Researchers at the University of Georgia have discovered a fruit fly avoidance mechanism that could lead to new ways to control pain in humans.
At first, fruit flies are so attracted to food that they eat like horses. Hatching inside over-ripe fruit where they were laid, they feed wildly in the sugar-rich environment until nature sends them an offer they can't refuse.
AdvertisementHowever, they can't really stay in the rotting fruit where they are laid because not only do they risk drowning in the ripening fluid, they are increasingly exposed to harmful microorganisms that can kill them.
In order to survive, they leave the fruit, wander off and burrow into the earth where they avoid the food
Only then can the larvae grow and hatch into flies that will take wing to lay their own eggs.
Now, researchers have discovered for the first time that the important developmental switch from food attraction to aversion in the fruit fly larva is controlled by a timing mechanism in the brain and its sensory system.
They have shown how this important avoidance mechanism has been recruited into evolutionary processes to promote development and could one day lead to new methods of controlling pain in humans and other animals.
"The findings provide an intriguing glimpse into how an animal modulates its chemosensory properties and behaviours in coordination with development," Nature quoted Ping Shen, an assistant professor in the department of cellular biology at UGA and a member of the Biomedical and Health Sciences Institute, as saying.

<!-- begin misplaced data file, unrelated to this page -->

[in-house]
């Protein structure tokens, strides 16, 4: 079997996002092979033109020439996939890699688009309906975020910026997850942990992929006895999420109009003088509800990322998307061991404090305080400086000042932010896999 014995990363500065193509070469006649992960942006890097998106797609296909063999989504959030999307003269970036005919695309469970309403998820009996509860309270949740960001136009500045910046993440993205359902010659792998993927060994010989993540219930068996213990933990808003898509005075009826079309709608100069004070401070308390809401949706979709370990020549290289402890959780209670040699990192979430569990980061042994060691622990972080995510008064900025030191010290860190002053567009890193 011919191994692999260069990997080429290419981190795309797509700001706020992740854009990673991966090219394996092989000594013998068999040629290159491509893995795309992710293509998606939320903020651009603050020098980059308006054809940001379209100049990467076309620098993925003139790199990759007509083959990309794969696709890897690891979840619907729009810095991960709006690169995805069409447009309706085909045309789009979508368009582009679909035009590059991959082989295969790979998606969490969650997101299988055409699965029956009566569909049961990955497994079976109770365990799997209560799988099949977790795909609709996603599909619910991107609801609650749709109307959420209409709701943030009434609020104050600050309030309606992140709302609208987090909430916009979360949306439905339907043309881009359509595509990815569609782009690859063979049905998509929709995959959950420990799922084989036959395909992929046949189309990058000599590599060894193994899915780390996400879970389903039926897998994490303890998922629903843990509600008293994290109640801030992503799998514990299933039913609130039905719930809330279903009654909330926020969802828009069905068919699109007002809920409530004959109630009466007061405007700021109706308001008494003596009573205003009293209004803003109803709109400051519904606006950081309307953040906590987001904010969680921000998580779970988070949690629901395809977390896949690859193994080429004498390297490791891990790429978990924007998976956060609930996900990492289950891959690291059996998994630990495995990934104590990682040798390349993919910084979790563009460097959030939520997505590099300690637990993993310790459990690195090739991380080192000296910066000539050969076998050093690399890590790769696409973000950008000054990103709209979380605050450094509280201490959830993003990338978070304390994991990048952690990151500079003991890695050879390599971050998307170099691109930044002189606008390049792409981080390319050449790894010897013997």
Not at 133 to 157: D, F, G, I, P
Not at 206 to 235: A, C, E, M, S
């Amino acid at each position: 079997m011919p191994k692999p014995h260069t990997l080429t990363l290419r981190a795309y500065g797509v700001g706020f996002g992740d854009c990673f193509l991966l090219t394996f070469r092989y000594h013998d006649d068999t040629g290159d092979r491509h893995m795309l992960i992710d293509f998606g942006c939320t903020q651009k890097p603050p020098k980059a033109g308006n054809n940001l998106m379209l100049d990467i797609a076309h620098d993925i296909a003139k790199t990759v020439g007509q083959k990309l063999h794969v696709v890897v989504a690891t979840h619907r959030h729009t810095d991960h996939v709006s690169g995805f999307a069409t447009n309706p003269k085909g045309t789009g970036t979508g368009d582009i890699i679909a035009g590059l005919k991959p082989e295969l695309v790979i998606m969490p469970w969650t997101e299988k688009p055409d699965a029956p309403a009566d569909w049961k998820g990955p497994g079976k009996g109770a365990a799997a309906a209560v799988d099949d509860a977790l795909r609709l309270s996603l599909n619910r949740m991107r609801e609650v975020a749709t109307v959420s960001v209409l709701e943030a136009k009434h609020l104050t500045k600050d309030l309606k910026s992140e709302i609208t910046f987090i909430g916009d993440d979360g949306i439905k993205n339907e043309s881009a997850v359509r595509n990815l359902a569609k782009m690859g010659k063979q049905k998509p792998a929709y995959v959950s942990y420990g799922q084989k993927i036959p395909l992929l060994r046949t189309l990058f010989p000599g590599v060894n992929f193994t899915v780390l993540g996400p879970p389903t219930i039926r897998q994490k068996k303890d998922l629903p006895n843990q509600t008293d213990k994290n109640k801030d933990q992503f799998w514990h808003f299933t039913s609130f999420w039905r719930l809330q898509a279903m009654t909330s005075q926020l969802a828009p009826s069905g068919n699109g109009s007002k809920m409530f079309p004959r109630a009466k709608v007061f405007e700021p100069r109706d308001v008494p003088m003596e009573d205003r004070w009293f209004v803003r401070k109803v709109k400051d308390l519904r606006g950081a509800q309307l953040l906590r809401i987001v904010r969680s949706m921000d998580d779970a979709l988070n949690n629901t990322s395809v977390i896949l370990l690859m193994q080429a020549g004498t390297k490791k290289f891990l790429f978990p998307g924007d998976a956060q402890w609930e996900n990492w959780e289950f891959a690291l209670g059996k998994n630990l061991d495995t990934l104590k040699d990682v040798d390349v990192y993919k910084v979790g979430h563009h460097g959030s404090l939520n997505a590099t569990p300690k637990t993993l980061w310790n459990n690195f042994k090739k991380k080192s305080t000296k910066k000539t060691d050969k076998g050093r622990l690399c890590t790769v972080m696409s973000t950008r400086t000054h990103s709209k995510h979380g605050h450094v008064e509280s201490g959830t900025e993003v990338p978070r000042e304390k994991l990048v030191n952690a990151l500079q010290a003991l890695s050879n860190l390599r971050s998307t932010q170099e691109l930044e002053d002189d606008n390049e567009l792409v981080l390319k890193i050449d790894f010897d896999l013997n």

"Fruit fly larvae are like tadpoles-they have to migrate from their first habitat to stay alive and flourish. What we found was that a molecular timing switch tells them when to quit eating and burrow into the earth. We also found that the same switch can trigger strong cooperative behaviour in the flies," Shen added.
With the help of cutting-edge imaging techniques developed by co-author Andrew Sornborger of the Faculty of Engineering and the department of mathematics and his colleagues, the researchers have imaged the fruit fly with unprecedented sensitivity.
"Analysis techniques have lagged behind image acquisition technology. This work addresses that gap. With our methods we have been able to image the inner workings of the nervous systems in real time amid massive amounts of data," Sornborger said.
Researchers found that the change from eating to non-eating is controlled by a timing mechanism that switches on a fructose sensor and involves a channel protein called PAIN, known to respond to noxious stimuli such as heat and horseradish.
They that said that while all this may seem extremely specialized since it involves fruit flies, that's far from the case.
The molecules at work in this system have counterparts in mammalian models that have been implicated in many psychological processes and behaviours such as the response to food and alcohol and the suppression of anxiety and pain.
Now, researchers hope that understanding the system in the fly could therefore lead to the development of new pain relievers that might do far less harm to the organism involved while shutting down pain at its most basic level.
The research was published in the journal Nature Neuroscience.